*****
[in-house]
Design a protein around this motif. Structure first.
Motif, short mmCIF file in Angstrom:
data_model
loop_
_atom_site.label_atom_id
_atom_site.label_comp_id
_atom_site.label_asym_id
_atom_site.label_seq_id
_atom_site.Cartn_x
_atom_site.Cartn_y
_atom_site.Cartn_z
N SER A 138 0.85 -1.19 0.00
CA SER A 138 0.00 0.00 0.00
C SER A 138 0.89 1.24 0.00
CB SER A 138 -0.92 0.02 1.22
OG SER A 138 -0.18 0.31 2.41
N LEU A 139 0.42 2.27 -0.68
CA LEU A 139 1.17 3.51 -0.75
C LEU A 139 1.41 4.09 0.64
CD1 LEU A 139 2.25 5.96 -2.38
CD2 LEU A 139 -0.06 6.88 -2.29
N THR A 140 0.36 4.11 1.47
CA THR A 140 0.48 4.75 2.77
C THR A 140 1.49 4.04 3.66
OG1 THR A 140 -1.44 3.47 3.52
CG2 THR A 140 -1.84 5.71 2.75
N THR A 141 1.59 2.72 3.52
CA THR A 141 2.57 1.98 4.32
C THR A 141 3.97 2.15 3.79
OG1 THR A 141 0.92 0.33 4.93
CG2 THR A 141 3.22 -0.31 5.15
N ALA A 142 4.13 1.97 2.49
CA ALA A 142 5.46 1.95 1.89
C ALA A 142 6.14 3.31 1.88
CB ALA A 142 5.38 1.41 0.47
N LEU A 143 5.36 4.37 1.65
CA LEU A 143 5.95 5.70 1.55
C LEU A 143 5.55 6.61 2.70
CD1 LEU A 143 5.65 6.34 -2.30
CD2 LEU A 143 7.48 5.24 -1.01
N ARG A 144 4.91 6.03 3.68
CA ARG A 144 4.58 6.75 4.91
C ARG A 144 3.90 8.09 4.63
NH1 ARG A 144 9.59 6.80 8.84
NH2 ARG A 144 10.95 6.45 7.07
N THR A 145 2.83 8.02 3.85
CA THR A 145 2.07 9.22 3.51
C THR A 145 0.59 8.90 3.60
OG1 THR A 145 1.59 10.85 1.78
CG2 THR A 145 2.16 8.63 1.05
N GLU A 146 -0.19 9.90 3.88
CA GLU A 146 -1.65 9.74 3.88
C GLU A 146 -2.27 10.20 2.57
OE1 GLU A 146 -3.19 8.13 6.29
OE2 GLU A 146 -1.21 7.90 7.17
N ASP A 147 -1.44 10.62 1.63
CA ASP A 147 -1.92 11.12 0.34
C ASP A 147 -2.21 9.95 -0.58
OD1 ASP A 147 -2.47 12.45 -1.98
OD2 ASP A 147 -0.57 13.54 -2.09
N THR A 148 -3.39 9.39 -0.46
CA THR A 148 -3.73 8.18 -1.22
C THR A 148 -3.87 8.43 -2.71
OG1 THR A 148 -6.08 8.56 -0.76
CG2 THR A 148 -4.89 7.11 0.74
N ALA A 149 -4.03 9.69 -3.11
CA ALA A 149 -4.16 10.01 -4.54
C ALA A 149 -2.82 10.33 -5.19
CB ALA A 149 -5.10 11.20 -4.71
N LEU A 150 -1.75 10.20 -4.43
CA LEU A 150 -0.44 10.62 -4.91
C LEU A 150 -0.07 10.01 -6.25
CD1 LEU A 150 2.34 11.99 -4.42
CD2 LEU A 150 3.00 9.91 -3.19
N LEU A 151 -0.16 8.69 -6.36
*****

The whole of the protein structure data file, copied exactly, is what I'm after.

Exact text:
[in-house]
Design a protein around this motif. Structure first.
Motif, short mmCIF file in Angstrom:
data_model
loop_
_atom_site.label_atom_id
_atom_site.label_comp_id
_atom_site.label_asym_id
_atom_site.label_seq_id
_atom_site.Cartn_x
_atom_site.Cartn_y
_atom_site.Cartn_z
N SER A 138 0.85 -1.19 0.00
CA SER A 138 0.00 0.00 0.00
C SER A 138 0.89 1.24 0.00
CB SER A 138 -0.92 0.02 1.22
OG SER A 138 -0.18 0.31 2.41
N LEU A 139 0.42 2.27 -0.68
CA LEU A 139 1.17 3.51 -0.75
C LEU A 139 1.41 4.09 0.64
CD1 LEU A 139 2.25 5.96 -2.38
CD2 LEU A 139 -0.06 6.88 -2.29
N THR A 140 0.36 4.11 1.47
CA THR A 140 0.48 4.75 2.77
C THR A 140 1.49 4.04 3.66
OG1 THR A 140 -1.44 3.47 3.52
CG2 THR A 140 -1.84 5.71 2.75
N THR A 141 1.59 2.72 3.52
CA THR A 141 2.57 1.98 4.32
C THR A 141 3.97 2.15 3.79
OG1 THR A 141 0.92 0.33 4.93
CG2 THR A 141 3.22 -0.31 5.15
N ALA A 142 4.13 1.97 2.49
CA ALA A 142 5.46 1.95 1.89
C ALA A 142 6.14 3.31 1.88
CB ALA A 142 5.38 1.41 0.47
N LEU A 143 5.36 4.37 1.65
CA LEU A 143 5.95 5.70 1.55
C LEU A 143 5.55 6.61 2.70
CD1 LEU A 143 5.65 6.34 -2.30
CD2 LEU A 143 7.48 5.24 -1.01
N ARG A 144 4.91 6.03 3.68
CA ARG A 144 4.58 6.75 4.91
C ARG A 144 3.90 8.09 4.63
NH1 ARG A 144 9.59 6.80 8.84
NH2 ARG A 144 10.95 6.45 7.07
N THR A 145 2.83 8.02 3.85
CA THR A 145 2.07 9.22 3.51
C THR A 145 0.59 8.90 3.60
OG1 THR A 145 1.59 10.85 1.78
CG2 THR A 145 2.16 8.63 1.05
N GLU A 146 -0.19 9.90 3.88
CA GLU A 146 -1.65 9.74 3.88
C GLU A 146 -2.27 10.20 2.57
OE1 GLU A 146 -3.19 8.13 6.29
OE2 GLU A 146 -1.21 7.90 7.17
N ASP A 147 -1.44 10.62 1.63
CA ASP A 147 -1.92 11.12 0.34
C ASP A 147 -2.21 9.95 -0.58
OD1 ASP A 147 -2.47 12.45 -1.98
OD2 ASP A 147 -0.57 13.54 -2.09
N THR A 148 -3.39 9.39 -0.46
CA THR A 148 -3.73 8.18 -1.22
C THR A 148 -3.87 8.43 -2.71
OG1 THR A 148 -6.08 8.56 -0.76
CG2 THR A 148 -4.89 7.11 0.74
N ALA A 149 -4.03 9.69 -3.11
CA ALA A 149 -4.16 10.01 -4.54
C ALA A 149 -2.82 10.33 -5.19
CB ALA A 149 -5.10 11.20 -4.71
N LEU A 150 -1.75 10.20 -4.43
CA LEU A 150 -0.44 10.62 -4.91
C LEU A 150 -0.07 10.01 -6.25
CD1 LEU A 150 2.34 11.99 -4.42
CD2 LEU A 150 3.00 9.91 -3.19
N LEU A 151 -0.16 8.69 -6.36